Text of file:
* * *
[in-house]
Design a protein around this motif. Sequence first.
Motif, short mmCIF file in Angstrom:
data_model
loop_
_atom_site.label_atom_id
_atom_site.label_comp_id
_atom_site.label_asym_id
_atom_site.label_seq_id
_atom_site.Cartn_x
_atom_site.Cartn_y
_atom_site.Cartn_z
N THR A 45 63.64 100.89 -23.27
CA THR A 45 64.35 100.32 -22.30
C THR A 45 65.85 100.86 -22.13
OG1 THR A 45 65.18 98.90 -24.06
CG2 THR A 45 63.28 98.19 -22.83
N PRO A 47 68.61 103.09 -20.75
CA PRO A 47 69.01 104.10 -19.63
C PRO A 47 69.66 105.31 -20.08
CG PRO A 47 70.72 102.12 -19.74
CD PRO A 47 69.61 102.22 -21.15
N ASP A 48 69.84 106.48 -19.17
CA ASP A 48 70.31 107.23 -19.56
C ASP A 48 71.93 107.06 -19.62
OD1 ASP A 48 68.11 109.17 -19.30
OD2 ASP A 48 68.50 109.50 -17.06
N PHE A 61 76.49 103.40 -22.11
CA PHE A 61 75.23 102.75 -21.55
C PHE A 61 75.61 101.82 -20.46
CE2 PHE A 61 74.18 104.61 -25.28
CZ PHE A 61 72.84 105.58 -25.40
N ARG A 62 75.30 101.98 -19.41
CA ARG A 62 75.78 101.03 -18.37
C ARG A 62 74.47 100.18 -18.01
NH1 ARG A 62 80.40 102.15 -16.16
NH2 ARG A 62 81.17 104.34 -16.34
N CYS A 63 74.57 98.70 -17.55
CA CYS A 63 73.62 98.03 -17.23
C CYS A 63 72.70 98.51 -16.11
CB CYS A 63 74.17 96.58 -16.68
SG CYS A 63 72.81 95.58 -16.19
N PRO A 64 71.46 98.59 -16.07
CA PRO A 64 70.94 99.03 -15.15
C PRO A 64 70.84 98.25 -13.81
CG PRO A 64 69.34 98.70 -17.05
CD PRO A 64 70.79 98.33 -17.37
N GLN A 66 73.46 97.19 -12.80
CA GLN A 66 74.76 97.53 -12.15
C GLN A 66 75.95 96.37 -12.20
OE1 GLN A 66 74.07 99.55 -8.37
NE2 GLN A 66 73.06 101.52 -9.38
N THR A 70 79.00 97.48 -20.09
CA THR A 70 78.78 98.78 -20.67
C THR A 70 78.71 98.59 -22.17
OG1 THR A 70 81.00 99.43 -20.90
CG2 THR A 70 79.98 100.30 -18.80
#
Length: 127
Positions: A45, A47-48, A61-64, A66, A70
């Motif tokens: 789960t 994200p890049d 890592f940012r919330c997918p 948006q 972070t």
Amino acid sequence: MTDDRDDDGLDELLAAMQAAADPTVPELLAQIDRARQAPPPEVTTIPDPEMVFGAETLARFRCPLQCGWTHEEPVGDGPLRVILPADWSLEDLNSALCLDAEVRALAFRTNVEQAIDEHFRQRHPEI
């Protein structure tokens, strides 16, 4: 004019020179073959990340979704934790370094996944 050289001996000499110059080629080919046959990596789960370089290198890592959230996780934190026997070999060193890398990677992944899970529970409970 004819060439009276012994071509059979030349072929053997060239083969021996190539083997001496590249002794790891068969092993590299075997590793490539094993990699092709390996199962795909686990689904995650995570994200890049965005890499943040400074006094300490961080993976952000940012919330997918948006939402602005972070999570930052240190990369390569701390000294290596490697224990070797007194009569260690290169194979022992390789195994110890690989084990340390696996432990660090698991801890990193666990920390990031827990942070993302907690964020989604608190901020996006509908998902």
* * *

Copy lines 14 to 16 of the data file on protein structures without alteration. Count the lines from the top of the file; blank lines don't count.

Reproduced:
CA THR A 45 64.35 100.32 -22.30
C THR A 45 65.85 100.86 -22.13
OG1 THR A 45 65.18 98.90 -24.06